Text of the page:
The nuts and bolts of snowbirding with my new(ish) home away from home.
Here’s the Turtleback, parked on my truck in front of my RV garage. I usually stage it for a trip here, where I have easy access to water, power, and sewer connections.
Back in April of this year, I bought a 2005 Lance slide-in truck camper that I’ve dubbed the Turtleback. This was a huge step down in size from the fifth wheel I bought back in 2010, the Mobile Mansion, which I sold in September of this year. I wanted something more convenient to travel with and I got it. My 2012 Ford F350 SuperDuty Diesel carries the Turtleback like it’s nothing, making it easy to drive and park nearly anywhere I like. I tested it out on an overnight trip in the Leavenworth area not long after getting it and then again on a week-long foray in the North Cascades of Washington state and southern British Columbia. It’s the perfect rig for any spur-of-the moment trip; I can have it on the truck in about 30 minutes and put it away in my cavernous RV garage even quicker.
But how would it do on a very long trip? Like a 3-month trip?
That’s what I’m learning this snowbirding season. So far, so good. Although most of my traveling has involved overnight stops in a variety of locations ranging from a gravel side road overlooking a relatively remote Nevada lake to a partial-hookup campsite on the Columbia River, I’ve also parked it for two of more nights and disconnected it from my truck so I could drive while leaving it behind. My “postcards” that allude to this have generated a few questions and I thought I’d answer them here.
Hooking Up the Camper
Setting a slide-in truck camper atop a truck isn’t difficult to do, but it does require care and patience.
The most difficult part is getting the truck tailgate off. Due to the weight, I can’t do it by myself. I usually grab a visiting friend and enlist his or her help. First unplug the cable for the backup camera in the tailgate, then disconnect the cables that hold it up when it’s dropped, then angle it out of its pin hinges. I have a cart roughly the same height as the truck bed that I’ve covered with an old saddle blanket and we lay the tailgate on that. This makes it possible for me to move it around the garage without help. I use the same cart to store the hardware needed to secure the camper to the truck.
Sometime before putting the camper on, I visit the local Discount Tire shop and have them inspect the tires. They’re relatively new — I bought them last February while traveling and have been getting them rotated on schedule. I ask the guy to inflate them to the maximum pressure. We usually do 70 pounds for the front tires and 80 for the rear ones. Of course, I could do this at home — I have a good compressor in my shop — but I like the idea of having the tires looked at, especially before a long trip.
When I get home, I use my own compressor to inflate the air bags under the truck bed. There are two of them and I inflate each to about 50 pounds. This cranks up the back of the truck a bit, but the weight of the camper will bring it back to level once installed.
Next, I need to install the four support bars on the truck. They’re marked with their positions: passenger front, driver, rear, etc. They slip into slots I had installed on the truck and are secured in place with pins. This takes about five minutes. Once I put these on, they stay on until the camper is put away after a trip.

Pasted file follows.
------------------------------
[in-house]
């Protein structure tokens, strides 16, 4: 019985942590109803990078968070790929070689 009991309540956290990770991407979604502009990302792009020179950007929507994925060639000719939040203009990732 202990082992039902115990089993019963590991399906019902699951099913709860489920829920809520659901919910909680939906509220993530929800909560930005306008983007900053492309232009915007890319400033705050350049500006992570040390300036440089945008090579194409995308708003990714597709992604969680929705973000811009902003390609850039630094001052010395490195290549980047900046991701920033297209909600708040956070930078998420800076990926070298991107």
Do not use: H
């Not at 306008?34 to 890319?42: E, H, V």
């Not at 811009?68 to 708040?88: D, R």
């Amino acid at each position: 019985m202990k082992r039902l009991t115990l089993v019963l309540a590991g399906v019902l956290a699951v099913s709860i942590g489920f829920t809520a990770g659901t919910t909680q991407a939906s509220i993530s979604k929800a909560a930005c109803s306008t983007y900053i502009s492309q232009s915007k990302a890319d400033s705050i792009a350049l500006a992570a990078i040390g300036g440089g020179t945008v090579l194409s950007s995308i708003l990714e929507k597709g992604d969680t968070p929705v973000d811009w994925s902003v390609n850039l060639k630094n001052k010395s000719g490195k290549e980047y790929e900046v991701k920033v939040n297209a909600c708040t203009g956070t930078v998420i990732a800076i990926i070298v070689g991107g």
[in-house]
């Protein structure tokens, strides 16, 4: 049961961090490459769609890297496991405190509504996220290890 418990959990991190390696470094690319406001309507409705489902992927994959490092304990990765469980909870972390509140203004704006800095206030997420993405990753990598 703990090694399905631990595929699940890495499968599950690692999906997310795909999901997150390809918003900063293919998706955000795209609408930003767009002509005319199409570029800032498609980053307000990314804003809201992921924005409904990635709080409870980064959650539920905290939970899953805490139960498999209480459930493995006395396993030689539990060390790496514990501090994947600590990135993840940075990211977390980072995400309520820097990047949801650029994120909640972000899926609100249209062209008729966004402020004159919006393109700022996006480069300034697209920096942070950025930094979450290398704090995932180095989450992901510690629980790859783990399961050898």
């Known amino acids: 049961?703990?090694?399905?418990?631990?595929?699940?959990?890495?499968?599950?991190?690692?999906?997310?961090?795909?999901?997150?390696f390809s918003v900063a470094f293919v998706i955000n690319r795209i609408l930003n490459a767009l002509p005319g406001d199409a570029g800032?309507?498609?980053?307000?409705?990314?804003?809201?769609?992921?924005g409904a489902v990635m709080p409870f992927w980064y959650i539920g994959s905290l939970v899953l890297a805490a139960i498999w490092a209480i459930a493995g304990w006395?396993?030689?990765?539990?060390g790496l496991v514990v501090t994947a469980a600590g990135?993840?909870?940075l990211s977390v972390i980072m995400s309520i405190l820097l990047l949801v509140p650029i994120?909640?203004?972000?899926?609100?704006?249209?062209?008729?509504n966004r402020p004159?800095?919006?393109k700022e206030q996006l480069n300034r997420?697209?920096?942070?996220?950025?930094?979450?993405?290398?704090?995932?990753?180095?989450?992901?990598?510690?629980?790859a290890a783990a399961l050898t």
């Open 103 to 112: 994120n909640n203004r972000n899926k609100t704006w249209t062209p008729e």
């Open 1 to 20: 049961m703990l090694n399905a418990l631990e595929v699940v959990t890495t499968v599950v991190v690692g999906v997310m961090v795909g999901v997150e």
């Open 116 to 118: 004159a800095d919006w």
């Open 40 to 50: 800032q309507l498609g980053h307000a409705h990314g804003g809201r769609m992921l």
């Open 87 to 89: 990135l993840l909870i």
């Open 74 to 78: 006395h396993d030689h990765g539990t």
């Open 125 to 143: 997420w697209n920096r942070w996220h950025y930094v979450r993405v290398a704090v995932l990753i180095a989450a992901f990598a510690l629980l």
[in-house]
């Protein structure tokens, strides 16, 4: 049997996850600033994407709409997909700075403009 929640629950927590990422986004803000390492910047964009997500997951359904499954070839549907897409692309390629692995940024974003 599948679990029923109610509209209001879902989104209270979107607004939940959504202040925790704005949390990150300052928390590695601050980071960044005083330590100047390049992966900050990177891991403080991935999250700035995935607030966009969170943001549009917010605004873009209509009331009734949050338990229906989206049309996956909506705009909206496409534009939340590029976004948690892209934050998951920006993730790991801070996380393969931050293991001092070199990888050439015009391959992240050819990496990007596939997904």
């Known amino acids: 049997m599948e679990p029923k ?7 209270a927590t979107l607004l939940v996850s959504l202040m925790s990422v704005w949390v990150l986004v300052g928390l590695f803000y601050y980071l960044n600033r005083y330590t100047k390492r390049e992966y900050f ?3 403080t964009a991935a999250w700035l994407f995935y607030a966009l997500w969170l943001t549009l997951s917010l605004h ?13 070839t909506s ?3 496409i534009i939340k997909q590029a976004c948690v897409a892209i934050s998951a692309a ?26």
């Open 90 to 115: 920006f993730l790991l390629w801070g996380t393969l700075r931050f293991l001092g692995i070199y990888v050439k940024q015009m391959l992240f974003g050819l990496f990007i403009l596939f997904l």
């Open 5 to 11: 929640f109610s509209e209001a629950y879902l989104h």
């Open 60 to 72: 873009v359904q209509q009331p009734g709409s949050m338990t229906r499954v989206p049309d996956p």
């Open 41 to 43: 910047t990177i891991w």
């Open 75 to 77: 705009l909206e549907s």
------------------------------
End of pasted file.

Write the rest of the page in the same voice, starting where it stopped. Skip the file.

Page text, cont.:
When I’m ready to put the camper on the truck, I begin by using a remote control to crank up the camper so that its bottom is higher than the truck bed. This utilizes the four camper “legs,” which have electric jacks on them. The control can raise or lower them all together or individually. Obviously, it’s a lot quicker to extend the legs (thus raising the camper) all at once, but I do have to be careful that all four legs are on the ground. Occasionally I’ll have to extend one a bit more by itself to keep them all grounded.
Then I slowly and carefully back the truck under the camper. The truck has to go straight back with the camper centered over the bed. There’s only about two inches of clearance on each side. I watch my progress through the back window — I have to put down the rear seat to see clearly. Sometimes I get out and check my progress; rushing is never a good idea. When I’m about 3/4 finished, I get out, climb on one of those support bars, and reach into the truck bed to plug in the camper’s power cable. This not only keeps the camper’s battery charged while I’m driving, but it also powers and controls the camper’s running lights and brake lights. Then I get back in the truck and back the rest of the way in.
Here’s the spacer, made with 2x4s, that the camper’s previous owner gave me when I bought it. It prevents the camper from damaging the taillight lenses.
Normally, you’d back up until the front of the camper bumps the lip of the truck bed right behind the cab. But because my truck has somewhat bulging taillights, if I backed up that far, the camper’s overhang would rub on my taillight lenses, scratching or breaking them. The previous owner’s truck was a 2013 Ford F350 nearly identical to mine. He’d taken short lengths of 2×4 lumber and had built a rectangle spacer that sits upright against the cab. He gave it to me when I bought the camper. So when I back up, the front of the camper bumps this 2×4 spacer, thus keeping the camper at least 2 inches back from where it would otherwise be. This makes it impossible for the camper to damage the taillight lenses.